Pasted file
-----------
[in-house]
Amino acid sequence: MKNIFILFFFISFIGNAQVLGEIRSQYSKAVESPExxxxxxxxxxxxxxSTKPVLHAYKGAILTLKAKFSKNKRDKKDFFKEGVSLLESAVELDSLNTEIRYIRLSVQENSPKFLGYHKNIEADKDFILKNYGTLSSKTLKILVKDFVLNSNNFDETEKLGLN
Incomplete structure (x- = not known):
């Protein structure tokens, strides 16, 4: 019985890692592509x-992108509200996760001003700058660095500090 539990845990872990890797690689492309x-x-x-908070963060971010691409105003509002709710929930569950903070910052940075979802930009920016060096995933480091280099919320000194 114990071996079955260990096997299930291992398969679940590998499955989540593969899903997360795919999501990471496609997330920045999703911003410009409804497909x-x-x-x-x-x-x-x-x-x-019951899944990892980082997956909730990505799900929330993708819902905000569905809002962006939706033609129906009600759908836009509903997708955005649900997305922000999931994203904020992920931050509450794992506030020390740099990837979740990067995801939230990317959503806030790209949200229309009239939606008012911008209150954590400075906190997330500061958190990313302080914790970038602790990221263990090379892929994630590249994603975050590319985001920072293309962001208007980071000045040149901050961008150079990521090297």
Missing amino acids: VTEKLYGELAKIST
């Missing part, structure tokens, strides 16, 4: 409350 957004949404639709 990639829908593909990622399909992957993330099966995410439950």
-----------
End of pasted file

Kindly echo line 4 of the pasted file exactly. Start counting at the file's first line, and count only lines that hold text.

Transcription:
């Protein structure tokens, strides 16, 4: 019985890692592509x-992108509200996760001003700058660095500090 539990845990872990890797690689492309x-x-x-908070963060971010691409105003509002709710929930569950903070910052940075979802930009920016060096995933480091280099919320000194 114990071996079955260990096997299930291992398969679940590998499955989540593969899903997360795919999501990471496609997330920045999703911003410009409804497909x-x-x-x-x-x-x-x-x-x-019951899944990892980082997956909730990505799900929330993708819902905000569905809002962006939706033609129906009600759908836009509903997708955005649900997305922000999931994203904020992920931050509450794992506030020390740099990837979740990067995801939230990317959503806030790209949200229309009239939606008012911008209150954590400075906190997330500061958190990313302080914790970038602790990221263990090379892929994630590249994603975050590319985001920072293309962001208007980071000045040149901050961008150079990521090297």